In amongst the maligning United Airlines has received for forcibly removing and assaulting a passenger who refused to give up his seat on Flight 3411, there has been a number of airline industry workers (executives, flight attendants) who have attempted to provide justification for the airline’s actions, in some instances even going as far as to attempt to absolve the airline of wrongdoing. It seems that many within the airline industry actually believe their own self-important rhetoric, perhaps have even become so oblivious to the power airlines wield that they are blind to an abuse of that power.
It has been said that it was aviation security who assaulted the man, not the airline staff. Putting aside the fact that not one staff member attempted to stop the assault, it was the airline that called in security, long before all other options had been exhausted. They saw force as an easier option than behaving reasonably and/or impacting their profits.
The situation was not one involving overbooking, where an airline sells more tickets than are available because often people don’t turn up for flights. Rather, it involved four crew members who had been delayed on another flight, who needed to get to Louisville for a subsequent flight. Airline policy is that the crew must fly.
The term “must” is both misleading and self-serving. There is no actual necessity that a crew get on a particular flight. It is in fact a preference of the airlines so as not to disrupt their schedules and eat into their profits. Of course it is important, because a subsequent cancelled flight will impact hundreds of passengers and may have a knock-on effect. However, this is the airline’s responsibility, and should not fall to individual paying passengers.
United could have looked at paying for their crew to fly on another airline. They could have looked to bring in alternative staff in Louisville, or flown in other staff from elsewhere as needed. It was simply the cheapest and easiest option to deadhead them on Flight 3411. Further, if the airline regards it as a necessity that crew get on a flight in that situation they should reserve seats on all planes as a contingency. They won’t, because that will impact their profits. But they can’t claim necessity unless they are willing to exhaust themselves and their resources to accomplish it.
The airline then limited its offer of financial compensation to $800. A passenger has confirmed they offered to leave for $1600 and were dismissed by a laughing flight attendant. So United would rather force people off an airplane and resort to security measures than offer a bit of their own extra money.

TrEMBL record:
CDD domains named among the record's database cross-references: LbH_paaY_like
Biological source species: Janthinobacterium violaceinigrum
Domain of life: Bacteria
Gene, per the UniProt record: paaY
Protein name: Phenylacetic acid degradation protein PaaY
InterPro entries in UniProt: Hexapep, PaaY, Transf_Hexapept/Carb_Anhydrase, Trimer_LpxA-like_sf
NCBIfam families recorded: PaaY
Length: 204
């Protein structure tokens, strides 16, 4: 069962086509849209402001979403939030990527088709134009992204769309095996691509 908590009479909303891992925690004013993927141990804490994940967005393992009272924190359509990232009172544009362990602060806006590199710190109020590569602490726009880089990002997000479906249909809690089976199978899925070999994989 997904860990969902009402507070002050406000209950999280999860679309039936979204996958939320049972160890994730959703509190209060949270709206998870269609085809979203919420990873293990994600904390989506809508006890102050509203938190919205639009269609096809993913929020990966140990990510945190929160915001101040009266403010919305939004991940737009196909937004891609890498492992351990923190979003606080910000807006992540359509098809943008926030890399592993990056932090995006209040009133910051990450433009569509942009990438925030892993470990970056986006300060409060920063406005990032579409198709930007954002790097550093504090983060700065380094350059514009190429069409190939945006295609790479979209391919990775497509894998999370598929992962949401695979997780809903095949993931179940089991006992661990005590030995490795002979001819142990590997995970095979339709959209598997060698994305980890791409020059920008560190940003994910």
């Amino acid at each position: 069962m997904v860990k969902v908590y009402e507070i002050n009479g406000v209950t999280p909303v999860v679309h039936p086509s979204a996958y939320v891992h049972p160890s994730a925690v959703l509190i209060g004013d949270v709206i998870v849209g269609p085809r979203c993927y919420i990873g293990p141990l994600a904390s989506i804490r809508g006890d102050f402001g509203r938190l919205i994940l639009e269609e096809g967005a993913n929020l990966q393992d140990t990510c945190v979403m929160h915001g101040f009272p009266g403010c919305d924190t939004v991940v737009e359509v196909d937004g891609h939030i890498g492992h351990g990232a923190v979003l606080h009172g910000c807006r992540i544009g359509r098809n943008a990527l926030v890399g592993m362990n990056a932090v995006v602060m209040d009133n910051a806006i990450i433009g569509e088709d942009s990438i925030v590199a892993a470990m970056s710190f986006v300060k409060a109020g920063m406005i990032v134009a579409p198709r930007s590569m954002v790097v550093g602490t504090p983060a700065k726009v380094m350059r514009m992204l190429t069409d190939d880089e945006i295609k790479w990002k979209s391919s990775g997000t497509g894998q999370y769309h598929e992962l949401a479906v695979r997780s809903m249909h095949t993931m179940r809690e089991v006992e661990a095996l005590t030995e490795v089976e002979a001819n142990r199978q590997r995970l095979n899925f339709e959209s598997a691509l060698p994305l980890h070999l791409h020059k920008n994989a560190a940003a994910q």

The airline has stated that their selection of passengers to remove was random. Most people have found this hard to believe (would they really remove a first or business class passenger over someone on a cheap ticket?) and a number of people in the industry have confirmed that there are policies in place for removal, such as those on the cheapest tickets and/or with carry-on only being removed first and keeping families together.
Either way, it was at the airline’s discretion as to how this was handled. Upon hearing that the individual was a doctor and had patients to see – people whose health and wellbeing depended on him – they could have picked someone else. Whilst the airline should not have allowed this to happen to anyone, him being a doctor goes directly to the issue because that is why he refused to get off the flight. The decision to forcibly remove him is particularly disgusting in light of the fact that airlines often rely on doctors being on their flights when a medical emergency occurs. It’s apparently OK to call on them when the airline needs them, but not show any respect for their profession otherwise.
That the airline saw security as an easier option when it should be a last resort is demonstrative of their sense of power. Rather than provide training to their staff on how to manage a situation like that, or call in management to make a judgement when there is a dispute, they prefer intimidatory tactics. Because that is exactly what it was: even if the assault itself was security’s responsibility, the airline ignored any notion of reasonableness, dismissed the passenger’s circumstances and decided to intimidate him into getting off the plane. This is at best taking advantage of their power over people and at worst abusing it.
The terms and conditions imposed on tickets that have been used by the airline industry to justify the crew’s actions are a direct result of policies and procedures that are designed around protecting profits. To support those actions is to believe that a few thousand dollars to a big corporation is more important than dignity, respect and wellbeing. To agree with what happened supports the notion that security and force can be used to arbitrarily demand people do what they are told, and that reasonableness, especially the concept of reasonable force which is almost universally applicable, is irrelevant. To suggest the crew acted properly allows them to hide their lack of training, common sense and decency behind a veneer of entitlement.
The verbal beating (pun intended) that United Airlines has received barely goes far enough to addressing what was unquestionably an abuse of power.